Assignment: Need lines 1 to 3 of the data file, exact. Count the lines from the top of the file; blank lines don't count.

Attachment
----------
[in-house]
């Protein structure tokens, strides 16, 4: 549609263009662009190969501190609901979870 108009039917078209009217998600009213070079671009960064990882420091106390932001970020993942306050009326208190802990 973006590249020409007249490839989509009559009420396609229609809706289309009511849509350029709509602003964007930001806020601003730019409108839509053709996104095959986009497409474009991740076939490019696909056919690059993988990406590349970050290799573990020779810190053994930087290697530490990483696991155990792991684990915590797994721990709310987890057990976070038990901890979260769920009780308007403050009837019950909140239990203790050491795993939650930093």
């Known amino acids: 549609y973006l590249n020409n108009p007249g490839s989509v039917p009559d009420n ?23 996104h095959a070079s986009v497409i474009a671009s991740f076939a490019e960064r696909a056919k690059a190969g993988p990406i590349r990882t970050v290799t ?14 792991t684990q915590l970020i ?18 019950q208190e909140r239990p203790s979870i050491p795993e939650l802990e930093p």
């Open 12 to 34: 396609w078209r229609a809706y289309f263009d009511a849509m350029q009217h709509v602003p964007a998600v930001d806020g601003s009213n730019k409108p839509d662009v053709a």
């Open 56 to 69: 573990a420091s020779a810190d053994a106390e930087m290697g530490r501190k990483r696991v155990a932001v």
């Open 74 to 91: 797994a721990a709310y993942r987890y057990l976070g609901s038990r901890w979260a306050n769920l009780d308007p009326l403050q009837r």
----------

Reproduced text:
[in-house]
């Protein structure tokens, strides 16, 4: 549609263009662009190969501190609901979870 108009039917078209009217998600009213070079671009960064990882420091106390932001970020993942306050009326208190802990 973006590249020409007249490839989509009559009420396609229609809706289309009511849509350029709509602003964007930001806020601003730019409108839509053709996104095959986009497409474009991740076939490019696909056919690059993988990406590349970050290799573990020779810190053994930087290697530490990483696991155990792991684990915590797994721990709310987890057990976070038990901890979260769920009780308007403050009837019950909140239990203790050491795993939650930093």
């Known amino acids: 549609y973006l590249n020409n108009p007249g490839s989509v039917p009559d009420n ?23 996104h095959a070079s986009v497409i474009a671009s991740f076939a490019e960064r696909a056919k690059a190969g993988p990406i590349r990882t970050v290799t ?14 792991t684990q915590l970020i ?18 019950q208190e909140r239990p203790s979870i050491p795993e939650l802990e930093p």